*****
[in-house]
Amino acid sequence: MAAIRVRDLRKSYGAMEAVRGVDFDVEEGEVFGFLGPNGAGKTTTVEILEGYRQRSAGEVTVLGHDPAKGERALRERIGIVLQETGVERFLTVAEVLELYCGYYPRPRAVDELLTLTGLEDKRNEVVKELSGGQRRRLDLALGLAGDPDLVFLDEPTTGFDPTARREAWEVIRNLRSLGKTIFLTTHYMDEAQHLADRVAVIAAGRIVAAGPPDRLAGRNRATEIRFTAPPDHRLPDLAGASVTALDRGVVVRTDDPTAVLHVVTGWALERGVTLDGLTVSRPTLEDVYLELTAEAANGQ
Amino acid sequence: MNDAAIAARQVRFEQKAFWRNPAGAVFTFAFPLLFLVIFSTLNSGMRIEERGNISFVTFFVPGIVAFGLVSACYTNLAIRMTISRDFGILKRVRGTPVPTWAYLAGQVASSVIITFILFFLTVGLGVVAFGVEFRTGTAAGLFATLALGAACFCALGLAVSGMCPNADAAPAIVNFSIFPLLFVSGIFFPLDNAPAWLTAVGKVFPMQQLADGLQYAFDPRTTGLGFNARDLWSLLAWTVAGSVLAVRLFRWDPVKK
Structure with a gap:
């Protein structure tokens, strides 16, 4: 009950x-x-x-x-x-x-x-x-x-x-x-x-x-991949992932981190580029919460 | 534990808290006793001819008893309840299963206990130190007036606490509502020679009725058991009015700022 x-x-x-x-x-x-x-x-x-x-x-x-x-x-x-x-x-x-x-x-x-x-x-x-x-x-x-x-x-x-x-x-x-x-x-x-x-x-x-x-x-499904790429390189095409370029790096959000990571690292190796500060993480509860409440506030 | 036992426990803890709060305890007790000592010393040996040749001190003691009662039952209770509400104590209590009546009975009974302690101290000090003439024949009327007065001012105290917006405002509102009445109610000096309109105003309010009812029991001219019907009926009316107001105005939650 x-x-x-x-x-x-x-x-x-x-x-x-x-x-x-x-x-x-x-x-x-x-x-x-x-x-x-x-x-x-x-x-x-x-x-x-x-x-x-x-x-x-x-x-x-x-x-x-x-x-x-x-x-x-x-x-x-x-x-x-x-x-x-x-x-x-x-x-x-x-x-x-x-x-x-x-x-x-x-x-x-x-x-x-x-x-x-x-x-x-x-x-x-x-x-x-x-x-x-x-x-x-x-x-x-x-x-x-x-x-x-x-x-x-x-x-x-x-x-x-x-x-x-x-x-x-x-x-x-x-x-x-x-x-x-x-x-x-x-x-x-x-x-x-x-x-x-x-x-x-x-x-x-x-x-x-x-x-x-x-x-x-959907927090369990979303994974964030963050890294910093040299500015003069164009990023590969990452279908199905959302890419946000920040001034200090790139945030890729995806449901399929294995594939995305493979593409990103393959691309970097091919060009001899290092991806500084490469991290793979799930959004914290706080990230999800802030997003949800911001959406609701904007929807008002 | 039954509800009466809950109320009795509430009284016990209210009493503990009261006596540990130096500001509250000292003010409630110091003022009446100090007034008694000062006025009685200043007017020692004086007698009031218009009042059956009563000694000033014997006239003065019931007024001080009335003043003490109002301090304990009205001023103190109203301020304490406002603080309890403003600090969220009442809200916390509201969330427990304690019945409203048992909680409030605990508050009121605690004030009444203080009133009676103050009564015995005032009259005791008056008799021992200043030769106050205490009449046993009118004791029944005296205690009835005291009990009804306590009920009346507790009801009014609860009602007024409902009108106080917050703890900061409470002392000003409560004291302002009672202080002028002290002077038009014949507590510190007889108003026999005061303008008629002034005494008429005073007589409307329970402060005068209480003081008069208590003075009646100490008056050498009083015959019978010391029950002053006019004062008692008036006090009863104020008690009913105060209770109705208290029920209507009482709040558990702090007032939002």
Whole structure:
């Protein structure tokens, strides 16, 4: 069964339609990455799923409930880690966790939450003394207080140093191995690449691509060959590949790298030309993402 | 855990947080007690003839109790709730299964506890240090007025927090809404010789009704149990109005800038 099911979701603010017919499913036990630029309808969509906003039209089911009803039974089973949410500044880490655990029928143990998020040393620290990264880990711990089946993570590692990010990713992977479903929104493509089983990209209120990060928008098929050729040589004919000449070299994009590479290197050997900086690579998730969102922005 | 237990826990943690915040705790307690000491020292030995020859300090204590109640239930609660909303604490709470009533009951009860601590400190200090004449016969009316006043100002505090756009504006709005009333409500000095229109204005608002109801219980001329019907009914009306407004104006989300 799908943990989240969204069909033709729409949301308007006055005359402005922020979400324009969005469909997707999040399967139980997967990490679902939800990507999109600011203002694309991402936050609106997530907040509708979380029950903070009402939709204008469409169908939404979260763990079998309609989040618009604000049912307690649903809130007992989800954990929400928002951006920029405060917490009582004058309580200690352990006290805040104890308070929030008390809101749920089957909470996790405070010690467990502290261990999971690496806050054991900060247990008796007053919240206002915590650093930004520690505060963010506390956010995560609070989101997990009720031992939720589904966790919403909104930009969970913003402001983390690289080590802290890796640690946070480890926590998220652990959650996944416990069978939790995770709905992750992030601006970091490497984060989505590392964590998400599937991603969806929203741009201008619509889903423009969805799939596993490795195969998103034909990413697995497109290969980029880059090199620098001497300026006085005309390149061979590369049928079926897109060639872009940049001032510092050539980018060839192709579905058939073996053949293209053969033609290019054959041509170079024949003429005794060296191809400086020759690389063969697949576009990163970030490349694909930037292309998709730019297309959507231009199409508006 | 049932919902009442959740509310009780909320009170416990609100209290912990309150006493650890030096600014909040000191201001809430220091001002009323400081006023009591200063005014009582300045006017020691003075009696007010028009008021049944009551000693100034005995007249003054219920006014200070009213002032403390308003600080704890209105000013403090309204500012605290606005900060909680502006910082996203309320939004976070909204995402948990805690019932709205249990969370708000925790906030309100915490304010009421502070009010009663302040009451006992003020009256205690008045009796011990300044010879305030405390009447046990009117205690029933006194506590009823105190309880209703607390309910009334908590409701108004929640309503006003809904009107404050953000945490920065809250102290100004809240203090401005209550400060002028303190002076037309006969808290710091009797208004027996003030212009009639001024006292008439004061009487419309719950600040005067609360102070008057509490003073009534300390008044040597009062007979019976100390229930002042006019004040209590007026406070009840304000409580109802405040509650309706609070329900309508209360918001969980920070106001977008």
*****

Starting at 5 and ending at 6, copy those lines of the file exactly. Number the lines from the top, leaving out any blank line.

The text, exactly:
């Protein structure tokens, strides 16, 4: 009950x-x-x-x-x-x-x-x-x-x-x-x-x-991949992932981190580029919460 | 534990808290006793001819008893309840299963206990130190007036606490509502020679009725058991009015700022 x-x-x-x-x-x-x-x-x-x-x-x-x-x-x-x-x-x-x-x-x-x-x-x-x-x-x-x-x-x-x-x-x-x-x-x-x-x-x-x-x-499904790429390189095409370029790096959000990571690292190796500060993480509860409440506030 | 036992426990803890709060305890007790000592010393040996040749001190003691009662039952209770509400104590209590009546009975009974302690101290000090003439024949009327007065001012105290917006405002509102009445109610000096309109105003309010009812029991001219019907009926009316107001105005939650 x-x-x-x-x-x-x-x-x-x-x-x-x-x-x-x-x-x-x-x-x-x-x-x-x-x-x-x-x-x-x-x-x-x-x-x-x-x-x-x-x-x-x-x-x-x-x-x-x-x-x-x-x-x-x-x-x-x-x-x-x-x-x-x-x-x-x-x-x-x-x-x-x-x-x-x-x-x-x-x-x-x-x-x-x-x-x-x-x-x-x-x-x-x-x-x-x-x-x-x-x-x-x-x-x-x-x-x-x-x-x-x-x-x-x-x-x-x-x-x-x-x-x-x-x-x-x-x-x-x-x-x-x-x-x-x-x-x-x-x-x-x-x-x-x-x-x-x-x-x-x-x-x-x-x-x-x-x-x-x-x-x-959907927090369990979303994974964030963050890294910093040299500015003069164009990023590969990452279908199905959302890419946000920040001034200090790139945030890729995806449901399929294995594939995305493979593409990103393959691309970097091919060009001899290092991806500084490469991290793979799930959004914290706080990230999800802030997003949800911001959406609701904007929807008002 | 039954509800009466809950109320009795509430009284016990209210009493503990009261006596540990130096500001509250000292003010409630110091003022009446100090007034008694000062006025009685200043007017020692004086007698009031218009009042059956009563000694000033014997006239003065019931007024001080009335003043003490109002301090304990009205001023103190109203301020304490406002603080309890403003600090969220009442809200916390509201969330427990304690019945409203048992909680409030605990508050009121605690004030009444203080009133009676103050009564015995005032009259005791008056008799021992200043030769106050205490009449046993009118004791029944005296205690009835005291009990009804306590009920009346507790009801009014609860009602007024409902009108106080917050703890900061409470002392000003409560004291302002009672202080002028002290002077038009014949507590510190007889108003026999005061303008008629002034005494008429005073007589409307329970402060005068209480003081008069208590003075009646100490008056050498009083015959019978010391029950002053006019004062008692008036006090009863104020008690009913105060209770109705208290029920209507009482709040558990702090007032939002």
Whole structure: